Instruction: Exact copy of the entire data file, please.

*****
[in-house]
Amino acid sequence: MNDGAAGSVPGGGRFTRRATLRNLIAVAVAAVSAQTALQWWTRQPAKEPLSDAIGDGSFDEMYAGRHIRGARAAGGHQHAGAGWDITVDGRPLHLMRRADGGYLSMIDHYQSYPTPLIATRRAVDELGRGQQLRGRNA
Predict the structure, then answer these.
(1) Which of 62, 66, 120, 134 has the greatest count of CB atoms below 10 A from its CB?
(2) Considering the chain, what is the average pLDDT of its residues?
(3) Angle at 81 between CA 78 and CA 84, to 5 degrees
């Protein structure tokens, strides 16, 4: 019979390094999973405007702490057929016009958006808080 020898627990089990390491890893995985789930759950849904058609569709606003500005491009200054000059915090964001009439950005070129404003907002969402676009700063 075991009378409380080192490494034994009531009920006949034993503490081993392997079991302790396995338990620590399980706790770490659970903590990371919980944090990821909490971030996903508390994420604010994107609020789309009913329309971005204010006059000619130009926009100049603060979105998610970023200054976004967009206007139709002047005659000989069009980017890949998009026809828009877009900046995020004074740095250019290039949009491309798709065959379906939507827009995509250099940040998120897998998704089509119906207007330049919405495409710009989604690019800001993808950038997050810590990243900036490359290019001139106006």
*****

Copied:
[in-house]
Amino acid sequence: MNDGAAGSVPGGGRFTRRATLRNLIAVAVAAVSAQTALQWWTRQPAKEPLSDAIGDGSFDEMYAGRHIRGARAAGGHQHAGAGWDITVDGRPLHLMRRADGGYLSMIDHYQSYPTPLIATRRAVDELGRGQQLRGRNA
Predict the structure, then answer these.
(1) Which of 62, 66, 120, 134 has the greatest count of CB atoms below 10 A from its CB?
(2) Considering the chain, what is the average pLDDT of its residues?
(3) Angle at 81 between CA 78 and CA 84, to 5 degrees
């Protein structure tokens, strides 16, 4: 019979390094999973405007702490057929016009958006808080 020898627990089990390491890893995985789930759950849904058609569709606003500005491009200054000059915090964001009439950005070129404003907002969402676009700063 075991009378409380080192490494034994009531009920006949034993503490081993392997079991302790396995338990620590399980706790770490659970903590990371919980944090990821909490971030996903508390994420604010994107609020789309009913329309971005204010006059000619130009926009100049603060979105998610970023200054976004967009206007139709002047005659000989069009980017890949998009026809828009877009900046995020004074740095250019290039949009491309798709065959379906939507827009995509250099940040998120897998998704089509119906207007330049919405495409710009989604690019800001993808950038997050810590990243900036490359290019001139106006």